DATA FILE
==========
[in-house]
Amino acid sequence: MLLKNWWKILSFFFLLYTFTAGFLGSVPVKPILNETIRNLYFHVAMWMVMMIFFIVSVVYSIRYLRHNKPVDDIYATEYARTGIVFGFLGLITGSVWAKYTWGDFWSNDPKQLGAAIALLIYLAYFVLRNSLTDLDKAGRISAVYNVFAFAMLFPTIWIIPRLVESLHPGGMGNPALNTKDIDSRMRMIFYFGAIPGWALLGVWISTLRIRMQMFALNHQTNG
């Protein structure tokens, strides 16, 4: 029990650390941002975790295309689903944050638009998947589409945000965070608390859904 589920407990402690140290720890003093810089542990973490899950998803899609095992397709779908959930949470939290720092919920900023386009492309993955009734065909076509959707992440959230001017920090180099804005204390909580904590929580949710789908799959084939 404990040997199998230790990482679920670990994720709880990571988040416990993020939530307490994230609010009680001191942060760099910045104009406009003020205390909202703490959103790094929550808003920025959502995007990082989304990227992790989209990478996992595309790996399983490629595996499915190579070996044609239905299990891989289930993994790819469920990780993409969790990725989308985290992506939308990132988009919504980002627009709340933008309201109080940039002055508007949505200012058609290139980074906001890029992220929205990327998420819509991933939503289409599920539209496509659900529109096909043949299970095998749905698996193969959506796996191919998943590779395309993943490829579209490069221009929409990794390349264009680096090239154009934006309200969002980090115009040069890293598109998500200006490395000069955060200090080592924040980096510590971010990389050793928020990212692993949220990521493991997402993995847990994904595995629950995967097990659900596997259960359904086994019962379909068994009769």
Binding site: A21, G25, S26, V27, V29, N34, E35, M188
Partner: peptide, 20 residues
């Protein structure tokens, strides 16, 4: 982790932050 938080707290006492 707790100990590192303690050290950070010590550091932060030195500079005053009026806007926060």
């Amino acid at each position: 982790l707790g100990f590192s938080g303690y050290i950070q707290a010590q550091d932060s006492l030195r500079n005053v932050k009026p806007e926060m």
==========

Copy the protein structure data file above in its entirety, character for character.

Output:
[in-house]
Amino acid sequence: MLLKNWWKILSFFFLLYTFTAGFLGSVPVKPILNETIRNLYFHVAMWMVMMIFFIVSVVYSIRYLRHNKPVDDIYATEYARTGIVFGFLGLITGSVWAKYTWGDFWSNDPKQLGAAIALLIYLAYFVLRNSLTDLDKAGRISAVYNVFAFAMLFPTIWIIPRLVESLHPGGMGNPALNTKDIDSRMRMIFYFGAIPGWALLGVWISTLRIRMQMFALNHQTNG
């Protein structure tokens, strides 16, 4: 029990650390941002975790295309689903944050638009998947589409945000965070608390859904 589920407990402690140290720890003093810089542990973490899950998803899609095992397709779908959930949470939290720092919920900023386009492309993955009734065909076509959707992440959230001017920090180099804005204390909580904590929580949710789908799959084939 404990040997199998230790990482679920670990994720709880990571988040416990993020939530307490994230609010009680001191942060760099910045104009406009003020205390909202703490959103790094929550808003920025959502995007990082989304990227992790989209990478996992595309790996399983490629595996499915190579070996044609239905299990891989289930993994790819469920990780993409969790990725989308985290992506939308990132988009919504980002627009709340933008309201109080940039002055508007949505200012058609290139980074906001890029992220929205990327998420819509991933939503289409599920539209496509659900529109096909043949299970095998749905698996193969959506796996191919998943590779395309993943490829579209490069221009929409990794390349264009680096090239154009934006309200969002980090115009040069890293598109998500200006490395000069955060200090080592924040980096510590971010990389050793928020990212692993949220990521493991997402993995847990994904595995629950995967097990659900596997259960359904086994019962379909068994009769």
Binding site: A21, G25, S26, V27, V29, N34, E35, M188
Partner: peptide, 20 residues
């Protein structure tokens, strides 16, 4: 982790932050 938080707290006492 707790100990590192303690050290950070010590550091932060030195500079005053009026806007926060």
């Amino acid at each position: 982790l707790g100990f590192s938080g303690y050290i950070q707290a010590q550091d932060s006492l030195r500079n005053v932050k009026p806007e926060m």